Yes, Darin, you DO understand the nature of my question about what width
boards it will work on. The two detailed descriptions of it's operation
on the 'net were provided for me, which I read in total. The
explanations tend to focus on a 3/8 and 1/2 bead for 1/2 and 3/4
material, so naturally I had wondered if it would work like with a
biscuit cutter whereby you could insert a slot into the face of an
infinitely wide board, if desired. I now understand that with longer
bolts, that's doable. At least two users report slippage during
drilling. Must the fixture be tightened unduly tight to prevent movement?
Darin Lawrence wrote:
It must be well clamped. Stuffing it in a vice would do. I wouldn't call the
clamping pressure 'undue', simply adequate to stop the jig moving when the drill
bit tries to wander off down one of the already drilled holes.
I bought a smallish ratchet clamp last night that should work fine. I'll try it
out when my new tenons arrive.
Even if the new tenons are still a tight fit I do not intend to give up on this
contraption. If I have to I will have the thing drilled out to 10mm for the 3/8"
block and 13mm for the 1/2" block, but first I will give the supplier the
opportunity to fix it by making the tenons a smidgen smaller.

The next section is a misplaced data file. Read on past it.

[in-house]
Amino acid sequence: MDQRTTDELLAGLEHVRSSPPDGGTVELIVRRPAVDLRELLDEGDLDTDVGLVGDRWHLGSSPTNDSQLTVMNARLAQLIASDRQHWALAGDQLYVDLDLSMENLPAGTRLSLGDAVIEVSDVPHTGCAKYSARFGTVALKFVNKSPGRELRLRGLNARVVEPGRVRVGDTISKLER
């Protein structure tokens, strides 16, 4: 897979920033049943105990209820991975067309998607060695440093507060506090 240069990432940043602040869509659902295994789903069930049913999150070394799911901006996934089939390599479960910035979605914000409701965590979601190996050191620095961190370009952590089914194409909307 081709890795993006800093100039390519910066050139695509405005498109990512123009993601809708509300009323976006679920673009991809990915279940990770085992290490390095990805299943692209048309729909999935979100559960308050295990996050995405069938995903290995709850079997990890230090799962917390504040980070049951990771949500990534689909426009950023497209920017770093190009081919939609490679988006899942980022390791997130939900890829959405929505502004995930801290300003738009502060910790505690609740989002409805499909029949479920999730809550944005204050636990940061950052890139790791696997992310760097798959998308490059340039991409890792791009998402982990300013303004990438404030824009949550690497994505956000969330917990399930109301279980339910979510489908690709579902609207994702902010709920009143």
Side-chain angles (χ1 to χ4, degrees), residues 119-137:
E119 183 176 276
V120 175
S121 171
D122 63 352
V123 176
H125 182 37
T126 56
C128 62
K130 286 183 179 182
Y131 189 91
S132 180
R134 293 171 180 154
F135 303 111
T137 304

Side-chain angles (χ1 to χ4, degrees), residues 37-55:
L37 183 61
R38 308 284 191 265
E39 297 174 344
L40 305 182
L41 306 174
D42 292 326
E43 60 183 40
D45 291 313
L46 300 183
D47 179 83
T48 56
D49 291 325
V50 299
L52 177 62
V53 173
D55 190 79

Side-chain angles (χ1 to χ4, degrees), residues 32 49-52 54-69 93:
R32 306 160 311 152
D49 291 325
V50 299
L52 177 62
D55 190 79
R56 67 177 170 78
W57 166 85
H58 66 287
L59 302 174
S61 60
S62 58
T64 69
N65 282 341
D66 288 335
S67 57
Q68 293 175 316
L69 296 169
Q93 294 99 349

I found a couple of things make the beadlock work better. I added lock
washers to the tighening bolts. Held the jig tight and kept the
drilling block from moving. I also run the drill in and out a few
times. which helps keep the tenon material from getting too tight. I
used mine to put together a porch full of screens for a friend. Also,
if you have a router table, buy the cutter to make your own tenon
You've gotten a ton of responses so far. I bought it early on to avoid
learning to make "real" M&T joints. My experiences have been more aligned w/
Gandalf: easy to bugger up the mortise, since the jig often slipped drilling
the "B" holes. [ Switching to Bessey's and cranking them down has helped. ]
And, the last few dry fits were way too tight. (Don't recall that being the
case when I first used the jig.) I ended up shaving some edges on the
bandsaw to ease the fit.
Would I buy it again? Nope.
Will I continue to use the one I have? Maybe. Rarely. Time to master (a)
M&T's and (b) making my own loose tenon stock.
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